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Elizabeth Hill
Elizabeth Hill is a great traveller and linguist-she speaks at least one foreign language as easily as her native tongue. Central Europe today, particularly Czechoslovakia, about which Miss Hill is going to talk, is often in the news and a favourite resort for British visitors.
She speaks from a human, unofficial point of view, of a people she knows well.

Contributors

Unknown:
Elizabeth Hill
Unknown:
Elizabeth Hill

A vest-pocket vaudeville
Produced by Ernest Longstaffe with Wynne Ajello
Charles Penrose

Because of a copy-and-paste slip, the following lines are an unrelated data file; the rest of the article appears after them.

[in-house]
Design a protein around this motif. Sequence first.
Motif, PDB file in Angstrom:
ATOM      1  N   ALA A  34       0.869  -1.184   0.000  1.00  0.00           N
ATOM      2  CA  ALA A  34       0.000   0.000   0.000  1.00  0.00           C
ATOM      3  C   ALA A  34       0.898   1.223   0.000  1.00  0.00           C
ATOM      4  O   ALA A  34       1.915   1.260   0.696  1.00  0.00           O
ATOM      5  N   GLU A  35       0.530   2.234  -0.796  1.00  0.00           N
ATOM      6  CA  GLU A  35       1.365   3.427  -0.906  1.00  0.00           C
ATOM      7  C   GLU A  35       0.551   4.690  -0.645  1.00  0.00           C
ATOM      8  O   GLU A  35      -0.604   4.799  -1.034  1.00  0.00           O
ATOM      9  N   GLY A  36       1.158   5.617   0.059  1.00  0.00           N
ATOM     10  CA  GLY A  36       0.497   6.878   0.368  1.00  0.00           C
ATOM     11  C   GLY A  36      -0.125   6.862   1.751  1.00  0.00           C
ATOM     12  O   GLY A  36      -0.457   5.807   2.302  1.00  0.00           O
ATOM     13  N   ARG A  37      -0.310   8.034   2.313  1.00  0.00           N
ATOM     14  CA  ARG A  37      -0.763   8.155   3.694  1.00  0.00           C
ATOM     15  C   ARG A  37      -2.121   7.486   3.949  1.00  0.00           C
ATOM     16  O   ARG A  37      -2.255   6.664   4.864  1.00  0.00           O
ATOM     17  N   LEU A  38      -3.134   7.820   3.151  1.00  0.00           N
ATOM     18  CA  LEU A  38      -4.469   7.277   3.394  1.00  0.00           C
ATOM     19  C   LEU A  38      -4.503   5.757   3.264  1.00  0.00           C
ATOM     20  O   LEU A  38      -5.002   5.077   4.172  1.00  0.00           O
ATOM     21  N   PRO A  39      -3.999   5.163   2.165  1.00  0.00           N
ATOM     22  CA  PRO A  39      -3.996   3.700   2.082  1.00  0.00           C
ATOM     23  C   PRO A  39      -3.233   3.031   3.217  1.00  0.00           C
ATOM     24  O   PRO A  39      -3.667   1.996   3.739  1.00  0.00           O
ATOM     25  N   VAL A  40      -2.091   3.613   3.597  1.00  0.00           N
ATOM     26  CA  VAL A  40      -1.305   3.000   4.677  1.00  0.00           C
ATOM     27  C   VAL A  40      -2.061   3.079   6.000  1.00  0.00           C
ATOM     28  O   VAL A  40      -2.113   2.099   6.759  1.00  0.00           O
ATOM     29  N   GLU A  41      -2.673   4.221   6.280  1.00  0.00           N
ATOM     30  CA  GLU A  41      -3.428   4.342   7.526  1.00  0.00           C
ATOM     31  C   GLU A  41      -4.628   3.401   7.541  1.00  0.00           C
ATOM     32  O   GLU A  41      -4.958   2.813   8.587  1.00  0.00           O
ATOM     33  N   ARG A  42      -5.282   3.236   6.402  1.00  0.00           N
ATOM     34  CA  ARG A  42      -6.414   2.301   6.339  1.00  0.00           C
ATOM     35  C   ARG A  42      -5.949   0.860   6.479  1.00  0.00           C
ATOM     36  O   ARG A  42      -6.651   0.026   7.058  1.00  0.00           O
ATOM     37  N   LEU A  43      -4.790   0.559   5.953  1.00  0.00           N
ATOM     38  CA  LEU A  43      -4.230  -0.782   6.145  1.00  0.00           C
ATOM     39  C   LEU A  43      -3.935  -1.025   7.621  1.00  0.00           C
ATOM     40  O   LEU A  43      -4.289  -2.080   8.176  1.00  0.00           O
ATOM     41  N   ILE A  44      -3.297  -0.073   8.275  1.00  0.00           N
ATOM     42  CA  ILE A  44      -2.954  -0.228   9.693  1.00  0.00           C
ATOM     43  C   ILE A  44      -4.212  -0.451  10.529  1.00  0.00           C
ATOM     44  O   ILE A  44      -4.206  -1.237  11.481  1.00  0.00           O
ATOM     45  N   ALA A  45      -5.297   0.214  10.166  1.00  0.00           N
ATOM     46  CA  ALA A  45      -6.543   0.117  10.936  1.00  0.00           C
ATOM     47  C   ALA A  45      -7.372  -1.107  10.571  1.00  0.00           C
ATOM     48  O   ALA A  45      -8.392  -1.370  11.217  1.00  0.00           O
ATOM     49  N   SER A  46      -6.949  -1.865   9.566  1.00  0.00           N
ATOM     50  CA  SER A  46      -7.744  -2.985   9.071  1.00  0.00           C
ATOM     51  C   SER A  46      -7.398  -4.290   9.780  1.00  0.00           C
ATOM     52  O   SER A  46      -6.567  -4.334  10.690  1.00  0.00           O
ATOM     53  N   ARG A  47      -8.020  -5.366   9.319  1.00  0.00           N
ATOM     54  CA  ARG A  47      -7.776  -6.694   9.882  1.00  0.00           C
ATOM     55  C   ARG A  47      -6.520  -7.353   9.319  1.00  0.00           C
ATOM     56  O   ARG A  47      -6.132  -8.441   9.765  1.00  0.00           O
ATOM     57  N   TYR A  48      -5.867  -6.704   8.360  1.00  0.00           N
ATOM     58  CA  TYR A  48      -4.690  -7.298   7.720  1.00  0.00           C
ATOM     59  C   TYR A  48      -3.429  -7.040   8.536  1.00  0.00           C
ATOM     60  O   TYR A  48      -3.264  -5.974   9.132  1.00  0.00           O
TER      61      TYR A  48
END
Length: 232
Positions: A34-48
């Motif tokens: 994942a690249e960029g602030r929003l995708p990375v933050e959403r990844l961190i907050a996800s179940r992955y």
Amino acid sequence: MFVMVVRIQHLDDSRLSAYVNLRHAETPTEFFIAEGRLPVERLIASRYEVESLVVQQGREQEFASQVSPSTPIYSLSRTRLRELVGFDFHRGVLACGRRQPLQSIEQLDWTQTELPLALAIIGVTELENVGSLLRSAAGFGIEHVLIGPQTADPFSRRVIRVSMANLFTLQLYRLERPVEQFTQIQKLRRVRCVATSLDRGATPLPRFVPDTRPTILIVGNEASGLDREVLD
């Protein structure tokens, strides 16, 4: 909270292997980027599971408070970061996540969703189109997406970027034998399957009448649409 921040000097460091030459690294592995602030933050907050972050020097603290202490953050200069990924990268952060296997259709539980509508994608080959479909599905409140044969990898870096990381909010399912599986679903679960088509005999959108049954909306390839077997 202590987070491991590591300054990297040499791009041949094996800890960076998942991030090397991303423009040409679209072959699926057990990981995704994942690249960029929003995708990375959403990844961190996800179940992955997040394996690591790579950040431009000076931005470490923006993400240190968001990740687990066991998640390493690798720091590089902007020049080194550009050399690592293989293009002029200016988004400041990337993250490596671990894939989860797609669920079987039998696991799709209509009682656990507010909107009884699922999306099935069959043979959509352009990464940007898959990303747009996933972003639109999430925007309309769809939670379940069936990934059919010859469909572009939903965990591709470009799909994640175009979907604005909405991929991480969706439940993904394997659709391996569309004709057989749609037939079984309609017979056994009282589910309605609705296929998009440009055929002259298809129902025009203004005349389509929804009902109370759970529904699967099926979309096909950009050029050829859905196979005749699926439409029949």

Elsie Winsor and Reg Lever and Warden and West
Accompanied by Rae Jenkins (violin and viola)
Fred Alexander ( cello and guitar)
Ivor Dennis at the piano
Compere, Walter Hix

Contributors

Produced By:
Ernest Longstaffe
Unknown:
Wynne Ajello
Unknown:
Charles Penrose
Unknown:
Elsie Winsor
Unknown:
Reg Lever
Violin:
Rae Jenkins
Cello:
Fred Alexander
Guitar:
Ivor Dennis
Unknown:
Walter Hix

Leader, J. Mouland Begbie
Conductor, Guy Warrack
Hamish MacCunn (1868-1916), one of the most gifted composers that
Scotland has produced, studied at the Royal College under Sir Hubert Parry until 1886. In the following year he came into real prominence as a composer with his concert overture ' Land of the Mountain and the Flood '. The poetic basis of the music is the passage from Scott's * Lay of the Last Minstrel ', which begins:
0 Caledonia! stern and wild, Meet nurse for a poetic child!
Land of brown heath and shaggy wood!
Land of the mountain and the flood!